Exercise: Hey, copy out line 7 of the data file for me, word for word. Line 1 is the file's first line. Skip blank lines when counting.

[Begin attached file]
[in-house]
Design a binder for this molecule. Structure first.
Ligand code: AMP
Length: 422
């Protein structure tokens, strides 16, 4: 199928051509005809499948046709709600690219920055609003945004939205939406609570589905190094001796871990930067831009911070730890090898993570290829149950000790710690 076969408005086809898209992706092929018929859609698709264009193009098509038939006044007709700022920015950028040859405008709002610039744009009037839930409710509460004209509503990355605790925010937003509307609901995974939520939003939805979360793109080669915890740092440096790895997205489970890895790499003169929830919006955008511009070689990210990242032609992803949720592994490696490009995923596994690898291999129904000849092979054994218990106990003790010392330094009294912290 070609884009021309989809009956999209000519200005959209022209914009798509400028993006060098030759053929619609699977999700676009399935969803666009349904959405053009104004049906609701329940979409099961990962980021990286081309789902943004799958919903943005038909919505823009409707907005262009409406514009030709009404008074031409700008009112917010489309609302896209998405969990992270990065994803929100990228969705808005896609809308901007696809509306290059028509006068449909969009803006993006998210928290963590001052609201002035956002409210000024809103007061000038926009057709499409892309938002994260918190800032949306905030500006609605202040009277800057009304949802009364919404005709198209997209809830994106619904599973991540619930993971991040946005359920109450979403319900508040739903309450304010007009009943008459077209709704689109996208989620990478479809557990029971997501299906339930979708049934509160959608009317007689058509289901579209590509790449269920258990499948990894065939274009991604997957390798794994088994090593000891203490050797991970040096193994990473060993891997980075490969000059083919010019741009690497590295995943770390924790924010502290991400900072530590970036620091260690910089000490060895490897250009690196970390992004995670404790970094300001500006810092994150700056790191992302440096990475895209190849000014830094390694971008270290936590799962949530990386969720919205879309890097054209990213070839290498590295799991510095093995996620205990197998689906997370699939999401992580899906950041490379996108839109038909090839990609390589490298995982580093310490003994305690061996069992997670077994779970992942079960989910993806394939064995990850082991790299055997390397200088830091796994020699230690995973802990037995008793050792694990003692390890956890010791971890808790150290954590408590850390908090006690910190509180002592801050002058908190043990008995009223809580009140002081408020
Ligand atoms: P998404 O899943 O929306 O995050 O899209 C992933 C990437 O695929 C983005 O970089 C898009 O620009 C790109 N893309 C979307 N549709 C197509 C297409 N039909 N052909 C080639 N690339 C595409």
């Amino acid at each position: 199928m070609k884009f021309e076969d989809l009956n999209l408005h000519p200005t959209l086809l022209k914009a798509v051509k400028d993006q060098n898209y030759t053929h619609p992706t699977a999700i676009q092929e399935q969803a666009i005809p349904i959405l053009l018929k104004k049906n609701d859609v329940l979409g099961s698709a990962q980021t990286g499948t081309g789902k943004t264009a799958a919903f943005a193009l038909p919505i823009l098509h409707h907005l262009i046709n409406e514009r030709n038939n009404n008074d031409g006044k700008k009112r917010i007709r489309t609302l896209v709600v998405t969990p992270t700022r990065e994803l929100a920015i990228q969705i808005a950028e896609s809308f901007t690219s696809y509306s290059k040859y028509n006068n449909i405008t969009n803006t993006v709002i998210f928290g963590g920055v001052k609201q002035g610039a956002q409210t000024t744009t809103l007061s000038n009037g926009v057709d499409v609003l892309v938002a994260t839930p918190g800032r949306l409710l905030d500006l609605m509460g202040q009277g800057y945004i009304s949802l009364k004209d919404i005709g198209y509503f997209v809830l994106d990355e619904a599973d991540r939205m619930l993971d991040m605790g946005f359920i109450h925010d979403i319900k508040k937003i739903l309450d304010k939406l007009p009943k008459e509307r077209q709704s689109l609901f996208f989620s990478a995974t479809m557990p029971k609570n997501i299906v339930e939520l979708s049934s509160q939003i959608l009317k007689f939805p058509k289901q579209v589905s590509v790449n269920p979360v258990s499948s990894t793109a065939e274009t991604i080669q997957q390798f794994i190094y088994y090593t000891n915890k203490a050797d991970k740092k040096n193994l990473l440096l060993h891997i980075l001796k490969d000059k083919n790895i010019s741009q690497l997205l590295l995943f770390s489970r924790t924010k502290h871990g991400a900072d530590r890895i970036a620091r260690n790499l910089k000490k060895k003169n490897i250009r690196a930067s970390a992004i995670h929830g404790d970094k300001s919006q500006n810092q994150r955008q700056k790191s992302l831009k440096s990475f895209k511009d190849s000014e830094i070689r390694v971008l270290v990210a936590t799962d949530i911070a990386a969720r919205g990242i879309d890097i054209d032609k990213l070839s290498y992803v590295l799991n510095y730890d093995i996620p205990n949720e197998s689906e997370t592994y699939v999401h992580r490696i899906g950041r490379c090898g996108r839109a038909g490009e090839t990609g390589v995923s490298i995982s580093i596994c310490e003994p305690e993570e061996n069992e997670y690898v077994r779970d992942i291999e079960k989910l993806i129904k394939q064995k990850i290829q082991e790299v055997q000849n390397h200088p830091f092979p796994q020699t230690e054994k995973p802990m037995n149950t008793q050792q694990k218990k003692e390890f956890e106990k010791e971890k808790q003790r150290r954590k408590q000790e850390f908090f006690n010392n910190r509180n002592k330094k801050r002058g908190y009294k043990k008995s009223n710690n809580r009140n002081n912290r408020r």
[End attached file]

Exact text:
């Amino acid at each position: 199928m070609k884009f021309e076969d989809l009956n999209l408005h000519p200005t959209l086809l022209k914009a798509v051509k400028d993006q060098n898209y030759t053929h619609p992706t699977a999700i676009q092929e399935q969803a666009i005809p349904i959405l053009l018929k104004k049906n609701d859609v329940l979409g099961s698709a990962q980021t990286g499948t081309g789902k943004t264009a799958a919903f943005a193009l038909p919505i823009l098509h409707h907005l262009i046709n409406e514009r030709n038939n009404n008074d031409g006044k700008k009112r917010i007709r489309t609302l896209v709600v998405t969990p992270t700022r990065e994803l929100a920015i990228q969705i808005a950028e896609s809308f901007t690219s696809y509306s290059k040859y028509n006068n449909i405008t969009n803006t993006v709002i998210f928290g963590g920055v001052k609201q002035g610039a956002q409210t000024t744009t809103l007061s000038n009037g926009v057709d499409v609003l892309v938002a994260t839930p918190g800032r949306l409710l905030d500006l609605m509460g202040q009277g800057y945004i009304s949802l009364k004209d919404i005709g198209y509503f997209v809830l994106d990355e619904a599973d991540r939205m619930l993971d991040m605790g946005f359920i109450h925010d979403i319900k508040k937003i739903l309450d304010k939406l007009p009943k008459e509307r077209q709704s689109l609901f996208f989620s990478a995974t479809m557990p029971k609570n997501i299906v339930e939520l979708s049934s509160q939003i959608l009317k007689f939805p058509k289901q579209v589905s590509v790449n269920p979360v258990s499948s990894t793109a065939e274009t991604i080669q997957q390798f794994i190094y088994y090593t000891n915890k203490a050797d991970k740092k040096n193994l990473l440096l060993h891997i980075l001796k490969d000059k083919n790895i010019s741009q690497l997205l590295l995943f770390s489970r924790t924010k502290h871990g991400a900072d530590r890895i970036a620091r260690n790499l910089k000490k060895k003169n490897i250009r690196a930067s970390a992004i995670h929830g404790d970094k300001s919006q500006n810092q994150r955008q700056k790191s992302l831009k440096s990475f895209k511009d190849s000014e830094i070689r390694v971008l270290v990210a936590t799962d949530i911070a990386a969720r919205g990242i879309d890097i054209d032609k990213l070839s290498y992803v590295l799991n510095y730890d093995i996620p205990n949720e197998s689906e997370t592994y699939v999401h992580r490696i899906g950041r490379c090898g996108r839109a038909g490009e090839t990609g390589v995923s490298i995982s580093i596994c310490e003994p305690e993570e061996n069992e997670y690898v077994r779970d992942i291999e079960k989910l993806i129904k394939q064995k990850i290829q082991e790299v055997q000849n390397h200088p830091f092979p796994q020699t230690e054994k995973p802990m037995n149950t008793q050792q694990k218990k003692e390890f956890e106990k010791e971890k808790q003790r150290r954590k408590q000790e850390f908090f006690n010392n910190r509180n002592k330094k801050r002058g908190y009294k043990k008995s009223n710690n809580r009140n002081n912290r408020r």